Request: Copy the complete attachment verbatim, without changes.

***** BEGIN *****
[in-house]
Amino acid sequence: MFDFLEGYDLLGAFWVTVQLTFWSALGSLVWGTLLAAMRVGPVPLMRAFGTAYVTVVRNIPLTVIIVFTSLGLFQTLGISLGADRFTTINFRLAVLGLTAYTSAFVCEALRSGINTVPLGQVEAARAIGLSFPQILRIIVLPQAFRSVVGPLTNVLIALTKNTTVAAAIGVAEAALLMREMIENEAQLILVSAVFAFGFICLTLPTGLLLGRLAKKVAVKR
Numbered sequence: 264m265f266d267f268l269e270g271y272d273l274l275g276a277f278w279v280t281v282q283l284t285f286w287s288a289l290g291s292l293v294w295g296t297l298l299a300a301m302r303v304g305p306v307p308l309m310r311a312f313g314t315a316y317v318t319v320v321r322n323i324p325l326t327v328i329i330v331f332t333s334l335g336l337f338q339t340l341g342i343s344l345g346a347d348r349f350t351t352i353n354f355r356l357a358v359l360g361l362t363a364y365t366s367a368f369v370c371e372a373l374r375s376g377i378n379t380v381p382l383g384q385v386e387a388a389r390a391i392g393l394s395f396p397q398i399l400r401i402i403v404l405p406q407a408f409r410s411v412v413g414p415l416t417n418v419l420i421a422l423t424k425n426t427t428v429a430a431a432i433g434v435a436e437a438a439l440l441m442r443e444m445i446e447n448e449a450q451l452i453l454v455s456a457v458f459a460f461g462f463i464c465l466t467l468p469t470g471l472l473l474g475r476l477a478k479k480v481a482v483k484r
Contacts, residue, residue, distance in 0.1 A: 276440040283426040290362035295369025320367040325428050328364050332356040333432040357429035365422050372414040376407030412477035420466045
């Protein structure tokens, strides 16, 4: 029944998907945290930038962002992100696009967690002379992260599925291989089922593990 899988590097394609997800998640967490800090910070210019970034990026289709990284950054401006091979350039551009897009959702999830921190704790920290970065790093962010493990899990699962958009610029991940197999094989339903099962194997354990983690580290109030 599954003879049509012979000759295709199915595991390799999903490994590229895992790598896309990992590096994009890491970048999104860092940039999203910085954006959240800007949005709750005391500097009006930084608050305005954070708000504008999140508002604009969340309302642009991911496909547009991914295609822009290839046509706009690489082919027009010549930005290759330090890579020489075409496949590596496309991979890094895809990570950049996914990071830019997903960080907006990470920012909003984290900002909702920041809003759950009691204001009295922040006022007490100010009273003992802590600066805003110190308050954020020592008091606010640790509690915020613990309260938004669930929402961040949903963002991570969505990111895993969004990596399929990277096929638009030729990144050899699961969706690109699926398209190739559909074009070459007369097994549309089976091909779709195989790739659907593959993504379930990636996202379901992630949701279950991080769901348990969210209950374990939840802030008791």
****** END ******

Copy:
[in-house]
Amino acid sequence: MFDFLEGYDLLGAFWVTVQLTFWSALGSLVWGTLLAAMRVGPVPLMRAFGTAYVTVVRNIPLTVIIVFTSLGLFQTLGISLGADRFTTINFRLAVLGLTAYTSAFVCEALRSGINTVPLGQVEAARAIGLSFPQILRIIVLPQAFRSVVGPLTNVLIALTKNTTVAAAIGVAEAALLMREMIENEAQLILVSAVFAFGFICLTLPTGLLLGRLAKKVAVKR
Numbered sequence: 264m265f266d267f268l269e270g271y272d273l274l275g276a277f278w279v280t281v282q283l284t285f286w287s288a289l290g291s292l293v294w295g296t297l298l299a300a301m302r303v304g305p306v307p308l309m310r311a312f313g314t315a316y317v318t319v320v321r322n323i324p325l326t327v328i329i330v331f332t333s334l335g336l337f338q339t340l341g342i343s344l345g346a347d348r349f350t351t352i353n354f355r356l357a358v359l360g361l362t363a364y365t366s367a368f369v370c371e372a373l374r375s376g377i378n379t380v381p382l383g384q385v386e387a388a389r390a391i392g393l394s395f396p397q398i399l400r401i402i403v404l405p406q407a408f409r410s411v412v413g414p415l416t417n418v419l420i421a422l423t424k425n426t427t428v429a430a431a432i433g434v435a436e437a438a439l440l441m442r443e444m445i446e447n448e449a450q451l452i453l454v455s456a457v458f459a460f461g462f463i464c465l466t467l468p469t470g471l472l473l474g475r476l477a478k479k480v481a482v483k484r
Contacts, residue, residue, distance in 0.1 A: 276440040283426040290362035295369025320367040325428050328364050332356040333432040357429035365422050372414040376407030412477035420466045
């Protein structure tokens, strides 16, 4: 029944998907945290930038962002992100696009967690002379992260599925291989089922593990 899988590097394609997800998640967490800090910070210019970034990026289709990284950054401006091979350039551009897009959702999830921190704790920290970065790093962010493990899990699962958009610029991940197999094989339903099962194997354990983690580290109030 599954003879049509012979000759295709199915595991390799999903490994590229895992790598896309990992590096994009890491970048999104860092940039999203910085954006959240800007949005709750005391500097009006930084608050305005954070708000504008999140508002604009969340309302642009991911496909547009991914295609822009290839046509706009690489082919027009010549930005290759330090890579020489075409496949590596496309991979890094895809990570950049996914990071830019997903960080907006990470920012909003984290900002909702920041809003759950009691204001009295922040006022007490100010009273003992802590600066805003110190308050954020020592008091606010640790509690915020613990309260938004669930929402961040949903963002991570969505990111895993969004990596399929990277096929638009030729990144050899699961969706690109699926398209190739559909074009070459007369097994549309089976091909779709195989790739659907593959993504379930990636996202379901992630949701279950991080769901348990969210209950374990939840802030008791």